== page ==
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-   -   How to achieve a dryer finish? (http://www.homebrewtalk.com/f36/how-achieve-dryer-finish-373978/)

Nike_Eayrs 12-13-2012 05:31 PM

How to achieve a dryer finish?
 
I want my pale ale to finish a bit dryer, any suggestions? I've heard mash long and low. Can someone elaborate on this technique? Cheers!

TopherM 12-13-2012 06:22 PM

Mashing low activates a different enzyme that breaks down the grain's starches into more simple sugars that the yeast can easily eat.

Mashing around 146-148 will dry out your pale ale. You don't need to mash any longer than the normal 60 min.

You can also just add 1-1.5 lbs per 5 gallon batch of simple sugar (LME/DME/Table Sugar/Honey, etc.) to dry out the beer, but that will also boost your ABV.

Those are your options!

terrapinj 12-13-2012 07:10 PM

LME/DME may not dry the beer out much - esp since they often contain some crystal malt or carapils

lower mash temp = more fermentable sugars

your grain bill can also have an impact, use less crystal malt or specialty malts or use a simple sugar like dextrose, candi syrup, honey etc in place of some base malt

use a more attenuative yeast strain

Hammy71 12-13-2012 08:58 PM

Yes, Mashing in low 150s or even the high 190s will dry your beer out. Replacing some of the base malt with corn sugar or table sugar will also help lower your FG.

Grannyknot 12-13-2012 09:02 PM

I like my pale ales and IPAs a little drier too.
I like to add a 1/2 lb of light brown sugar to the fermenter about 1.5-2 weeks into fermentation.

passedpawn 12-13-2012 09:15 PM

Quote:

Originally Posted by Nike_Eayrs (Post 4679054)
I want my pale ale to finish a bit dryer, any suggestions? I've heard mash long and low. Can someone elaborate on this technique? Cheers!

Please post your current recipe, if you have one.

afr0byte 12-13-2012 09:18 PM

Obviously as others have said, temperature is important. You might also try getting a water report and upping your sulfate level with gypsum, if the report says you're low on sulfate (or perahps not just if you're low...some like their sulfate up at 300ppm).

Seedly 12-13-2012 09:25 PM

Quote:

Originally Posted by Hammy71 (Post 4679834)
Yes, Mashing in low 150s or even the high 190s will dry your beer out.

Uhh, I think you meant high 140's :drunk:

As others have said, there are different enzymes that activate at different temperatures during the mash and they affect the body and fermentability of the beer.

Your 3 basic enzymes are
- alpha-amylase: does most of the heavy lifting, turning large starch chains and long chain sugars into simple sugars for the yeast. Can only work from one end of the chain (known as the reducing end), and thus cant break down some more complex sugars, espcially ones that have branch points in them.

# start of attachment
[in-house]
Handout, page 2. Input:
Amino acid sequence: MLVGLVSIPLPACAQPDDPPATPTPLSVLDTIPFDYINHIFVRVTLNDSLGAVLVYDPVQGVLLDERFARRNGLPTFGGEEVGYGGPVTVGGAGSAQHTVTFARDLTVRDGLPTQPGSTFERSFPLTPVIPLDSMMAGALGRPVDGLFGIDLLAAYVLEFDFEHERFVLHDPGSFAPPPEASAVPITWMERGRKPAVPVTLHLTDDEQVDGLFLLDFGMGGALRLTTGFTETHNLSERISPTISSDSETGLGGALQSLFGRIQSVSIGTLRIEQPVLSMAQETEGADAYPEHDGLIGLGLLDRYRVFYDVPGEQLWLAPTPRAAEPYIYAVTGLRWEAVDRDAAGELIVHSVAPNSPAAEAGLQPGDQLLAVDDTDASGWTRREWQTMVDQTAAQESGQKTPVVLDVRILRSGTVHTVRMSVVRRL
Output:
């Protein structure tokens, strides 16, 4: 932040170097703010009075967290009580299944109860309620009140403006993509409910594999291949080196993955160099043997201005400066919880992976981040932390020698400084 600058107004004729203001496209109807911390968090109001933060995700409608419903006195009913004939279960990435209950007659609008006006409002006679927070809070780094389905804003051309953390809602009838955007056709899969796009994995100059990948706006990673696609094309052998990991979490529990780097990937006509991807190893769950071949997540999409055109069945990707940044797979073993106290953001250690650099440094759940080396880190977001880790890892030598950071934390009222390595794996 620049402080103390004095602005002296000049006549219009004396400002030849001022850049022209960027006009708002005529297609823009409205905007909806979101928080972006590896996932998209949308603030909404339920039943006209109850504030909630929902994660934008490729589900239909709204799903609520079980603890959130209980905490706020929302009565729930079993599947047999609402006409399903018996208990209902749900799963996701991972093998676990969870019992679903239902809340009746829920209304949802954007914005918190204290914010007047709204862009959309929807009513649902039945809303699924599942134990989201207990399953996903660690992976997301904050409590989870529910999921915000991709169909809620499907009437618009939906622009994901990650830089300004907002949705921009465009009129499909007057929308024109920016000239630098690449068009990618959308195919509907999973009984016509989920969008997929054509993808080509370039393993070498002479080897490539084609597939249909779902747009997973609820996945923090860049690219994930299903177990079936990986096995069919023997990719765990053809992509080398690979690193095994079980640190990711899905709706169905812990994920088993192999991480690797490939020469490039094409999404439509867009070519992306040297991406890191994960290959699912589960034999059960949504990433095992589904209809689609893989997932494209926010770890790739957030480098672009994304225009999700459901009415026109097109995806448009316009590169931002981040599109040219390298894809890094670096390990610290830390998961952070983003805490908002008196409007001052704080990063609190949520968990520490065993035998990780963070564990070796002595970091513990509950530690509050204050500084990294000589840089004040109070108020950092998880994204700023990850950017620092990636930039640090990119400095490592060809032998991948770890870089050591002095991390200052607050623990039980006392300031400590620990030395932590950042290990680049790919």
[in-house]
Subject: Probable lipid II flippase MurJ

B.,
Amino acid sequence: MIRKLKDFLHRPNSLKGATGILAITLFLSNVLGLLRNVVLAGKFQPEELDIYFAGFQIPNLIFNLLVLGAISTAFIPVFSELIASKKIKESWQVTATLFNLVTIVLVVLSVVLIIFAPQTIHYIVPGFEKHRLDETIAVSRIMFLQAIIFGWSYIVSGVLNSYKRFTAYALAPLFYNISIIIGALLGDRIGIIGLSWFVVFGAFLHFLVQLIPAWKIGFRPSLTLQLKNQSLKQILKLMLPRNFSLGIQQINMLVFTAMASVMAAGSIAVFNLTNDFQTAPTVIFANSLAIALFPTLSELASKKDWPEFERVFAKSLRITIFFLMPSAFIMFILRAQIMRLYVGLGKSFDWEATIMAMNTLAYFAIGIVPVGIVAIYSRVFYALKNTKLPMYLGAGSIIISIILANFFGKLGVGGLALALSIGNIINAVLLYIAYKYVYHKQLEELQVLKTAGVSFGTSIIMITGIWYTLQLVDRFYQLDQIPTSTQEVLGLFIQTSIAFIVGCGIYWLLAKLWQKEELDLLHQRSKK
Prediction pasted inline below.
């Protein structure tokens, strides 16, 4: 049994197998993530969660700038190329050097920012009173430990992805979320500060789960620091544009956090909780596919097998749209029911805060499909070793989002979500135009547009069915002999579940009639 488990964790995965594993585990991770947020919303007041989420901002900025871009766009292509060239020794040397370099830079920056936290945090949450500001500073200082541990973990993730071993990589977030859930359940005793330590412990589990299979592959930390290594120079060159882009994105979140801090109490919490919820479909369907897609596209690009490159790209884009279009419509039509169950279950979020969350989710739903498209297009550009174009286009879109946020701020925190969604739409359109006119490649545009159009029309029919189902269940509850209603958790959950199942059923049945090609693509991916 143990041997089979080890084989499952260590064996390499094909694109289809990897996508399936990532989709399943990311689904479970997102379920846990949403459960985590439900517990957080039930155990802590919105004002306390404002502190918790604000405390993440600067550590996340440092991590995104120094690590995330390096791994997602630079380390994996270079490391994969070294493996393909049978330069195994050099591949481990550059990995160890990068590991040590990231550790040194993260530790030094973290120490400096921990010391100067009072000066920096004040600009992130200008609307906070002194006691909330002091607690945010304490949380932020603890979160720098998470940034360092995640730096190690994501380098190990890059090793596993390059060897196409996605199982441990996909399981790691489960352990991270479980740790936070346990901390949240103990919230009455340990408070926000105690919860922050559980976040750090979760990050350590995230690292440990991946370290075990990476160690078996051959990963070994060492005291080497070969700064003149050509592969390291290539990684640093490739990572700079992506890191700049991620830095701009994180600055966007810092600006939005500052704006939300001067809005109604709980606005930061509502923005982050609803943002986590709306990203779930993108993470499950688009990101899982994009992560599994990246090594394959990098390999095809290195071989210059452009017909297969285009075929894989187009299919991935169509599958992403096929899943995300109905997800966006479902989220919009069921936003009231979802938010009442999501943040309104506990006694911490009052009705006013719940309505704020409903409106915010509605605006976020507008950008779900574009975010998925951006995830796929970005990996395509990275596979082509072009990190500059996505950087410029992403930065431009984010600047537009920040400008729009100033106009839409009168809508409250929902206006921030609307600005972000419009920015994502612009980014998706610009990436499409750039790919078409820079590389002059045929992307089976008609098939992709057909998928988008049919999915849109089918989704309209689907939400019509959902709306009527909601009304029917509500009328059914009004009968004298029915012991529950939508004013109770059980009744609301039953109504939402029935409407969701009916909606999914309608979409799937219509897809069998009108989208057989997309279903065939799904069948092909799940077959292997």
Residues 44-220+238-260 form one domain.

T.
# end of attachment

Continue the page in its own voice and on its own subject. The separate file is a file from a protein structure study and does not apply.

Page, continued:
- beta-amylase: breaks up really long chains into smaller chains for the alpha-amylase. Works from the other end of the chain (the non-reducing end), thus making more available to the alpha-amylase
- limit-dextrinase: breaks down the branch points in the starch chain, making even MORE sugars available to the yeast.

Each enzyme works in a different temp range
- alpha: 155-160
- beta: 140-150
- limit-dextrinase: 140-145

The enzymes are active below those temp ranges, but are much less active. Going much above those ranges will denature (i.e. destroy) those enzymes.

So what to do? Well, for maximum fermentability, you would want to mash around 145, where both limit-dextrinase and beta-amylase are both active, and then ramp up to the 150s to let the alpha-amylase finish off.

This is the basic reason for using a multi-step mash.

If your the nerdy type, brewkaiser.com has a great article explaining all the specifics with lots of pics and graphs. http://braukaiser.com/wiki/index.php?title=Starch_Conversion

cram 12-13-2012 09:25 PM

In addition to mashing lower (148-150, for example) and adding ~10% sugar to a recipe, you can reduce or eliminate any cyrstal/cara malts from the recipe. Also, simply giving it more time to completely finish out or ramping up the temperature after the first two weeks can have an effect.

Obviously, a healthy yeast starter, nutrients, and O2 can all help. Plus, certain yeast strains will finish drier. For instance, you can do everything counter to what's been said so far (mash high, use crystal malts and pitch low quatities of yeast) with a French Saison strain and finish really low...

SpeedYellow 12-13-2012 09:26 PM

Recipe is critical. Skip the crystal malts altogether if you want a dry beer. There's no law that says homebrew must have crystal malt. One of the best beers I've made (a Kolsch) was also my dryest, and used zero crystal malt.


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